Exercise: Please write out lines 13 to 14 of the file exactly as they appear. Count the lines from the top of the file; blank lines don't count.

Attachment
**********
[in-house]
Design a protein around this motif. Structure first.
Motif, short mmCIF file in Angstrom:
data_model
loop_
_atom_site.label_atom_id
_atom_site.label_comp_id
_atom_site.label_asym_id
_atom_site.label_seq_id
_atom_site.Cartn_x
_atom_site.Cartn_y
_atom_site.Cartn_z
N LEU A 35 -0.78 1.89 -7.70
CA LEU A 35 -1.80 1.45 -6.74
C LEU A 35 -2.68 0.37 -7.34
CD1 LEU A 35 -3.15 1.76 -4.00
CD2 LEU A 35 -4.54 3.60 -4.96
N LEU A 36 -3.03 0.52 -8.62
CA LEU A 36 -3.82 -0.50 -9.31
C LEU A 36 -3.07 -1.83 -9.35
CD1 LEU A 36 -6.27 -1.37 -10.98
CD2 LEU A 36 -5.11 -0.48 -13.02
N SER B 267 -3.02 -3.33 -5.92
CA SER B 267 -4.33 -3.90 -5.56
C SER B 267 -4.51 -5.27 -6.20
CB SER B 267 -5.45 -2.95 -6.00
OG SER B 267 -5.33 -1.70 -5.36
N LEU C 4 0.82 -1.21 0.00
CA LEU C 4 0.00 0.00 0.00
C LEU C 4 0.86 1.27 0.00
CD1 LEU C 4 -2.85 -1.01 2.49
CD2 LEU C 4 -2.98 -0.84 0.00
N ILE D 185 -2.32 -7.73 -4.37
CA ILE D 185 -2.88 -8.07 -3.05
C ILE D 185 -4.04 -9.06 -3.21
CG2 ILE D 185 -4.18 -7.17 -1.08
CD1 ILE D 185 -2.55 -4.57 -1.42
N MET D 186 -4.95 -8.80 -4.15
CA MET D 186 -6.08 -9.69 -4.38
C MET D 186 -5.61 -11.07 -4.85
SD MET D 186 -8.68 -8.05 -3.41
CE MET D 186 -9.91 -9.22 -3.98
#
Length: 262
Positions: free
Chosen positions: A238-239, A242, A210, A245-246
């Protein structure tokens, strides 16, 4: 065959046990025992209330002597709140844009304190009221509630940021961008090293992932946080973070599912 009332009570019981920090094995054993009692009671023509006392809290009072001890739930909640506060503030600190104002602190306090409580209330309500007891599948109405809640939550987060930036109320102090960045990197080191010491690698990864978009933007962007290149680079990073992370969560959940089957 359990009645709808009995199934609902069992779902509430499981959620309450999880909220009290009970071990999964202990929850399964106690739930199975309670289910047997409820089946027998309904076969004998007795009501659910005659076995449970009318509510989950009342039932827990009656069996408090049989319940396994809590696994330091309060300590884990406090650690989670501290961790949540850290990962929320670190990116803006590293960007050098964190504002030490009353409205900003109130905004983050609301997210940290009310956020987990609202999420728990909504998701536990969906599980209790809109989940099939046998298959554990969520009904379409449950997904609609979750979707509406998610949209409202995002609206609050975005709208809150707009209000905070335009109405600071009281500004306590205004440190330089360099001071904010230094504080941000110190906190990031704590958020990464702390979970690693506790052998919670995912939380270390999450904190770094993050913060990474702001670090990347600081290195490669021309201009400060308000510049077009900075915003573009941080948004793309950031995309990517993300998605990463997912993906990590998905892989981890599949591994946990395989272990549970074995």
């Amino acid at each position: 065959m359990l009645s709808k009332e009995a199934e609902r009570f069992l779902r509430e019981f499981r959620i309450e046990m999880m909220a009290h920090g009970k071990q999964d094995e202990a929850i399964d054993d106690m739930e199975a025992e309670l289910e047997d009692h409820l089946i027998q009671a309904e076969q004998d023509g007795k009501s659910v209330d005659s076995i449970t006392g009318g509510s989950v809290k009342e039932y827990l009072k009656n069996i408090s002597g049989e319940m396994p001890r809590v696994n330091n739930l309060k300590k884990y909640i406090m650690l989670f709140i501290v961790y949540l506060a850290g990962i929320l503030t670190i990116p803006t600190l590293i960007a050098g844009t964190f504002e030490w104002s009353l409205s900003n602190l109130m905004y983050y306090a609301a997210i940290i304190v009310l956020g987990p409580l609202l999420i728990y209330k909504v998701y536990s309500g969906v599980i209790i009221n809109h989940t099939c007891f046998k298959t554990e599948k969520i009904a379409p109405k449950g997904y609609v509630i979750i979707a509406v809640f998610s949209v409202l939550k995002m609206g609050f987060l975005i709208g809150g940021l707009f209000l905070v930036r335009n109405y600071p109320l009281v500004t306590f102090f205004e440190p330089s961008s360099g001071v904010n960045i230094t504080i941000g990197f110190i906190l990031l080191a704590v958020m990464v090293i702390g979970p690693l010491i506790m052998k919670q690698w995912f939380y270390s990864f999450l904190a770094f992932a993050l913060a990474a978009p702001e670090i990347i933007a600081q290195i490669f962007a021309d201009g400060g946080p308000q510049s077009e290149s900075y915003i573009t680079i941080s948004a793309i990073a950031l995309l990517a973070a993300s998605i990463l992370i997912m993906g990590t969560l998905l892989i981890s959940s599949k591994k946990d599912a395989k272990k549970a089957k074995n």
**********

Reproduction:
N LEU A 35 -0.78 1.89 -7.70
CA LEU A 35 -1.80 1.45 -6.74